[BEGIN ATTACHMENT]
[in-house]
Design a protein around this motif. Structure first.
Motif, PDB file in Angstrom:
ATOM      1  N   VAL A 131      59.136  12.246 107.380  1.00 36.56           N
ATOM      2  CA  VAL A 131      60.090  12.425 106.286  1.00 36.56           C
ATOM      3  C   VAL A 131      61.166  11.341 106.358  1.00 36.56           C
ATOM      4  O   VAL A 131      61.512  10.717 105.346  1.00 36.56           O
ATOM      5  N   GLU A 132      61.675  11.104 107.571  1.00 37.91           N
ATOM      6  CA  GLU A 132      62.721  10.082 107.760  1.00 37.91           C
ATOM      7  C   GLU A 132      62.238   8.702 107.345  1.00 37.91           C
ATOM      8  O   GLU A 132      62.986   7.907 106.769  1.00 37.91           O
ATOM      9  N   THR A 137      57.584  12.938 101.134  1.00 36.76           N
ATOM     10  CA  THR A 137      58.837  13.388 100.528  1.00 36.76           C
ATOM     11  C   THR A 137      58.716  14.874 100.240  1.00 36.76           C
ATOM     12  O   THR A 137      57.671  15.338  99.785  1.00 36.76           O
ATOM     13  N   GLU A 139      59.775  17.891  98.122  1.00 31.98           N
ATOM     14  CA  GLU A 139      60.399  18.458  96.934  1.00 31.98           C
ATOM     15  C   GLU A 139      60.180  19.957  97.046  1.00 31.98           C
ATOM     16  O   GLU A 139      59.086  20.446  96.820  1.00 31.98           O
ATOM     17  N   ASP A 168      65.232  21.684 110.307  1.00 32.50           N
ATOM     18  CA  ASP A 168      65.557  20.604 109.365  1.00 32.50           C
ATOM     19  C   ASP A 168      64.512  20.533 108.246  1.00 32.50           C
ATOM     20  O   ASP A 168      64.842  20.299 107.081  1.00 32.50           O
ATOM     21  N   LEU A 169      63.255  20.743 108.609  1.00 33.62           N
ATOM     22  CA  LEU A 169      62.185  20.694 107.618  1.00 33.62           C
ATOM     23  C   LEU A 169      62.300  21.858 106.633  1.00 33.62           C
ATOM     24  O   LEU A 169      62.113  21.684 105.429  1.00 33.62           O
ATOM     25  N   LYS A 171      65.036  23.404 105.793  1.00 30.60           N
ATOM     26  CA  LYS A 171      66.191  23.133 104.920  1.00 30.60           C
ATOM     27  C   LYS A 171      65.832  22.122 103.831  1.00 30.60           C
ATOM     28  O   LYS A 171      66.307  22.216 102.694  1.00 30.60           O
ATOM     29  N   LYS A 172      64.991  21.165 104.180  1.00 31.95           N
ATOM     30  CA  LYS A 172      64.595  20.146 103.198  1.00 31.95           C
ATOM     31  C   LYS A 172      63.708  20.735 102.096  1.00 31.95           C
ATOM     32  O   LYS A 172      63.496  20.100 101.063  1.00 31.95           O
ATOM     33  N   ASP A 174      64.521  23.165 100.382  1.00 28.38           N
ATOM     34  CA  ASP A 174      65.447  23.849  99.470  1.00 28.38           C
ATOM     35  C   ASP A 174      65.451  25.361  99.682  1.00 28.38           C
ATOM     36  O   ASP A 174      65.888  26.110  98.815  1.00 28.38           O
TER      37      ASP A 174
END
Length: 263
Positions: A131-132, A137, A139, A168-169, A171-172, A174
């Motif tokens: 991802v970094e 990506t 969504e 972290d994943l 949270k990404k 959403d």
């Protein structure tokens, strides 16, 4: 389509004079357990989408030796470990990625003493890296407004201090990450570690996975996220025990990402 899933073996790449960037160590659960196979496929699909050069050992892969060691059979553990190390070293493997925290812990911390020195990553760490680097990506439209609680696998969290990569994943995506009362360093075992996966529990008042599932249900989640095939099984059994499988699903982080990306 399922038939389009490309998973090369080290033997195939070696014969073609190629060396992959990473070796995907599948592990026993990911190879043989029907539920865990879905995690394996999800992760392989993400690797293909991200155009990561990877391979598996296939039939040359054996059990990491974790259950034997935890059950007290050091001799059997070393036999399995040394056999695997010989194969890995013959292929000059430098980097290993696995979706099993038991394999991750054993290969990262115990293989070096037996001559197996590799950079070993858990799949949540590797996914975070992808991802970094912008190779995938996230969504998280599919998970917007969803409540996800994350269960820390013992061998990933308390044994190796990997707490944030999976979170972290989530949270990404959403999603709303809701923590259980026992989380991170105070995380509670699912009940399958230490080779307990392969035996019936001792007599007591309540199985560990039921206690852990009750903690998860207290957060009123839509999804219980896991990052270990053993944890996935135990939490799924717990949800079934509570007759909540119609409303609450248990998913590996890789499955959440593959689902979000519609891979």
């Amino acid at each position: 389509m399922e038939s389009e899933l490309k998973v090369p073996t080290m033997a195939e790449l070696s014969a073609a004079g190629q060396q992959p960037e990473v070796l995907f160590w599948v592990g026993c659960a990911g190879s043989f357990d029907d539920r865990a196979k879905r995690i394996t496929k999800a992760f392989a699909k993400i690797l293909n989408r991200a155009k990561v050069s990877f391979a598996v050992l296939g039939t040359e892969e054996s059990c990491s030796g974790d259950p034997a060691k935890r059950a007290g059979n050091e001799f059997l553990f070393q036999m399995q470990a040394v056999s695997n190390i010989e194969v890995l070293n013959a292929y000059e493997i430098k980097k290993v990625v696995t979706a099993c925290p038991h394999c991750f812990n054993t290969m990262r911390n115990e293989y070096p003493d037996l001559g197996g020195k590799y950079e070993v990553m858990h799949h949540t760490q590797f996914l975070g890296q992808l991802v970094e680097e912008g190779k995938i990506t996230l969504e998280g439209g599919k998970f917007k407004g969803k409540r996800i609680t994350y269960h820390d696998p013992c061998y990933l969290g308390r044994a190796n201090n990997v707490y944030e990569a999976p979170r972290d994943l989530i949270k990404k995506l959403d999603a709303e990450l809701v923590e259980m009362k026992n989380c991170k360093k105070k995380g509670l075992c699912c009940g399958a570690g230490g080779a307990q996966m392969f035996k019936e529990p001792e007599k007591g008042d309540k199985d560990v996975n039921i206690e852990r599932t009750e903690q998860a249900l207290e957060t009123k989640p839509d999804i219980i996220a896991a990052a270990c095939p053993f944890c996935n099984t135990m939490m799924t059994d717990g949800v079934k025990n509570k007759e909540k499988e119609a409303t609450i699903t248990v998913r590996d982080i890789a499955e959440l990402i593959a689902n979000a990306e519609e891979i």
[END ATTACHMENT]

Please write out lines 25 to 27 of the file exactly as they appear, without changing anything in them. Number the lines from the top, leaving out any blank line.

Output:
ATOM     22  CA  LEU A 169      62.185  20.694 107.618  1.00 33.62           C
ATOM     23  C   LEU A 169      62.300  21.858 106.633  1.00 33.62           C
ATOM     24  O   LEU A 169      62.113  21.684 105.429  1.00 33.62           O